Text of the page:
Friday, June 25, 2010

Now I really am off to Germany

I leave you with this link to a story on the Dalai Lama by Michael Parenti.

If you haven't read it you owe yourself to do so.  One might think after reading it  that if Robert Thurman entered a room in which Michael Parenti was present that Thurman would disintegrate. On history and politics, Parenti's at least as educationally pedigreed as Thurman...

OK, here's a snippet:

What happened to Tibet after the Chinese Communists moved into the country in 1951? The treaty of that year provided for ostensible self-governance under the Dalai Lama’s rule but gave China military control and exclusive right to conduct foreign relations. The Chinese were also granted a direct role in internal administration “to promote social reforms.” Among the earliest changes they wrought was to reduce usurious interest rates, and build a few hospitals and roads. At first, they moved slowly, relying mostly on persuasion in an attempt to effect reconstruction. No aristocratic or monastic property was confiscated, and feudal lords continued to reign over their hereditarily bound peasants. “Contrary to popular belief in the West,” claims one observer, the Chinese “took care to show respect for Tibetan culture and religion.”25
Over the centuries the Tibetan lords and lamas had seen Chinese come and go, and had enjoyed good relations with Generalissimo Chiang Kaishek and his reactionary Kuomintang rule in China.26 The approval of the Kuomintang government was needed to validate the choice of the Dalai Lama and Panchen Lama. When the current 14th Dalai Lama was first installed in Lhasa, it was with an armed escort of Chinese troops and an attending Chinese minister, in accordance with centuries-old tradition. What upset the Tibetan lords and lamas in the early 1950s was that these latest Chinese were Communists. It would be only a matter of time, they feared, before the Communists started imposing their collectivist egalitarian schemes upon Tibet.
The issue was joined in 1956-57, when armed Tibetan bands ambushed convoys of the Chinese Peoples Liberation Army. The uprising received extensive assistance from the U.S. Central Intelligence Agency (CIA), including military training, support camps in Nepal, and numerous airlifts.27 Meanwhile in the United States, the American Society for a Free Asia, a CIA-financed front, energetically publicized the cause of Tibetan resistance, with the Dalai Lama’s eldest brother, Thubtan Norbu, playing an active role in that organization. The Dalai Lama's second-eldest brother, Gyalo Thondup, established an intelligence operation with the CIA as early as 1951. He later upgraded it into a CIA-trained guerrilla unit whose recruits parachuted back into Tibet.28
Many Tibetan commandos and agents whom the CIA dropped into the country were chiefs of aristocratic clans or the sons of chiefs. Ninety percent of them were never heard from again, according to a report from the CIA itself, meaning they were most likely captured and killed.29 “Many lamas and lay members of the elite and much of the Tibetan army joined the uprising, but in the main the populace did not, assuring its failure,” writes Hugh Deane.30 In their book on Tibet, Ginsburg and Mathos reach a similar conclusion: “As far as can be ascertained, the great bulk of the common people of Lhasa and of the adjoining countryside failed to join in the fighting against the Chinese both when it first began and as it progressed.”31 Eventually the resistance crumbled.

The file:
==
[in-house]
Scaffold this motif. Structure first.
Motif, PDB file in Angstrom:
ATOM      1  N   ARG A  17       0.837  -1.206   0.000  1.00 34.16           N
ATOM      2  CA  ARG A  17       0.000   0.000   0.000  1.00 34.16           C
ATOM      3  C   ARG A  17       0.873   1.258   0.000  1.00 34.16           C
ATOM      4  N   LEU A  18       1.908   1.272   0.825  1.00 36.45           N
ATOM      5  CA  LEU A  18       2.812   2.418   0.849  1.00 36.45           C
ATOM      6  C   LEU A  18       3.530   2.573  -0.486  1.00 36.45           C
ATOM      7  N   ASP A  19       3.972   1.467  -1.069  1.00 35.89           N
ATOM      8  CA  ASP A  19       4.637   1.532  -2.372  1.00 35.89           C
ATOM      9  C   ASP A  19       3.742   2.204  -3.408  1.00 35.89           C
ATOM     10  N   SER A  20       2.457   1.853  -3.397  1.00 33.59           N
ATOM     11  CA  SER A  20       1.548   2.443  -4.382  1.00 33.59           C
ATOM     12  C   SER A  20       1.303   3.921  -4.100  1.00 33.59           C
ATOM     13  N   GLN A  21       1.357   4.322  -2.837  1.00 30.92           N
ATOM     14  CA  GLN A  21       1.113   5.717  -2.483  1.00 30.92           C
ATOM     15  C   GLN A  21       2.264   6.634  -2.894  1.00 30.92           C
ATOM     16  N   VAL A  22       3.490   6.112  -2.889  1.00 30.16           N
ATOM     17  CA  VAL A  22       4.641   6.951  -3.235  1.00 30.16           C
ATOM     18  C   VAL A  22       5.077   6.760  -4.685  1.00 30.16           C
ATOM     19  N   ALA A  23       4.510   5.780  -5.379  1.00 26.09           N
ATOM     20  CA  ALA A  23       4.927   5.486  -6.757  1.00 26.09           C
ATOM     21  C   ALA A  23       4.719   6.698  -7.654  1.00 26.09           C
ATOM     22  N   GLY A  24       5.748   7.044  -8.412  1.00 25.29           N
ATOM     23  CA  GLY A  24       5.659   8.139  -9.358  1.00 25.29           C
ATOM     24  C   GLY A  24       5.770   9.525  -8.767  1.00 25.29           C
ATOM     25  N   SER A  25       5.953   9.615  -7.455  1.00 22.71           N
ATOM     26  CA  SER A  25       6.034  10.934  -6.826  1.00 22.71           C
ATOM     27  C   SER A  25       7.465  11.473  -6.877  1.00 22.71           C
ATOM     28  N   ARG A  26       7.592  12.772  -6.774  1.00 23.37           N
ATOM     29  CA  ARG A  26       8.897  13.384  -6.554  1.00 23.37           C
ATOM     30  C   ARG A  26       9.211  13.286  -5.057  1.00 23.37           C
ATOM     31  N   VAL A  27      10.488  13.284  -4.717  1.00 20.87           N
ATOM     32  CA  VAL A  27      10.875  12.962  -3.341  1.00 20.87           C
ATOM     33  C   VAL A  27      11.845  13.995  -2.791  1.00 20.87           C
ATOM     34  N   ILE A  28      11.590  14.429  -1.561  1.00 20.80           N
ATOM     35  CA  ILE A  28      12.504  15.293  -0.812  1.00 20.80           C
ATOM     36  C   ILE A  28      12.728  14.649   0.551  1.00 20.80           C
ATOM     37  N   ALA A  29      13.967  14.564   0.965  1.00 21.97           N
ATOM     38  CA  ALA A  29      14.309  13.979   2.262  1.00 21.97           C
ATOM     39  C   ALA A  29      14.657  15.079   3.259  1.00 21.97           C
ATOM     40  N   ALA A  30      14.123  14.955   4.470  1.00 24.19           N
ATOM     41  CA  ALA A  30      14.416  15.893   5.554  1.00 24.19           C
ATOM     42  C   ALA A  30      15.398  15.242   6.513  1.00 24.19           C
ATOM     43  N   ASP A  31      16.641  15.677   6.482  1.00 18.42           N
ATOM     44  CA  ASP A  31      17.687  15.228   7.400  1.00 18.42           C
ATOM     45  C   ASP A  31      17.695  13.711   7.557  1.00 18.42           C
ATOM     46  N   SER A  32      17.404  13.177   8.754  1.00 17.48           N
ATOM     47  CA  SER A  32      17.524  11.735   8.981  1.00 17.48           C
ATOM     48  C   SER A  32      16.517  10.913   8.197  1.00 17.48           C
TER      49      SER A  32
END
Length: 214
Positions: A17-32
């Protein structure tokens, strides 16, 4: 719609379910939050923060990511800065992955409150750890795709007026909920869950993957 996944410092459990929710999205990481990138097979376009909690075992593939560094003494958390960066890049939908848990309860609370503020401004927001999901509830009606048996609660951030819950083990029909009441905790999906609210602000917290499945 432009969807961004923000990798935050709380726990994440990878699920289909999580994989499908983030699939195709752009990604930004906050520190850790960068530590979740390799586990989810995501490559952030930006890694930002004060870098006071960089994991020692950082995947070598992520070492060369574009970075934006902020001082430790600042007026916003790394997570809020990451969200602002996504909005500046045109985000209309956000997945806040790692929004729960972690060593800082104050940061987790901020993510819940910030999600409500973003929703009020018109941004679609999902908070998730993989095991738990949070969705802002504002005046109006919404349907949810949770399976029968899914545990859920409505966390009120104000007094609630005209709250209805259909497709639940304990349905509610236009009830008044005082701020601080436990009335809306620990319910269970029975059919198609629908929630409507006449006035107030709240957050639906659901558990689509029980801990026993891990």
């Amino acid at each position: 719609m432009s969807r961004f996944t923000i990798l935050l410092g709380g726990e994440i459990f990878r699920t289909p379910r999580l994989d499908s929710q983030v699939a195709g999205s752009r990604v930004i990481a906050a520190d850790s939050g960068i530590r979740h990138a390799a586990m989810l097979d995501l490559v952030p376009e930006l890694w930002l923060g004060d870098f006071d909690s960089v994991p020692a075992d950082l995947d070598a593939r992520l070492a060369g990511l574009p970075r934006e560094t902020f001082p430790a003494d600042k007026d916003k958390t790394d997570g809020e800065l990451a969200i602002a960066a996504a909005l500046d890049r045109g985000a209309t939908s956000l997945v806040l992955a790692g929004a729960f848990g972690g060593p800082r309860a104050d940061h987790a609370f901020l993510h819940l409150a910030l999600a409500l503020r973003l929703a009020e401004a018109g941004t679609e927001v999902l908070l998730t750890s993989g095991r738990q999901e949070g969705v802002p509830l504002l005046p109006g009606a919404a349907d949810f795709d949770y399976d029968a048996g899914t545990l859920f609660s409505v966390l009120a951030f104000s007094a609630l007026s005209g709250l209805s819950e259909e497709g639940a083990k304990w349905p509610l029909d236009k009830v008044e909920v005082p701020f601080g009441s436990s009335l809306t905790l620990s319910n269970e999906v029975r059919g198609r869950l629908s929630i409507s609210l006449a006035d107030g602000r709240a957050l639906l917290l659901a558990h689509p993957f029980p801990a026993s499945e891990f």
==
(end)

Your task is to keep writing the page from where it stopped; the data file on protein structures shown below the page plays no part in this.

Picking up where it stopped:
Whatever wrongs and new oppressions introduced by the Chinese after 1959, they did abolish slavery and the Tibetan serfdom system of unpaid labor. They eliminated the many crushing taxes, started work projects, and greatly reduced unemployment and beggary. They established secular schools, thereby breaking the educational monopoly of the monasteries. And they constructed running water and electrical systems in Lhasa.32 



Read the article; Parenti is no apologist for China by any means (and neither am I).  But given just this history, (and Parenti really doesn't go into the geographical, military, or other issues of China and Tibet here) it becomes quite easy to see why the average Chinese or even Tibetan might be a bit suspicious of claims that many people in Tibet want the Dalai Lama back as political head there.

They remember all the nasty stuff, I'd suspect.

Somebody on another blog had mentioned there are people that hold the Dalai Lama to a different standard than other people. Look, I think anyone involved with perpetrating institutions that produce effects even remotely like those produced by Roberto d'Aubuisson or Efrain Rios-Montt shouldn't be allowed near the governmental levers of power, OK?

Doesn't matter if they have impish smiles and say nice things to Buddhists.

2 comments:

張怡 said...

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志穎志穎 said...

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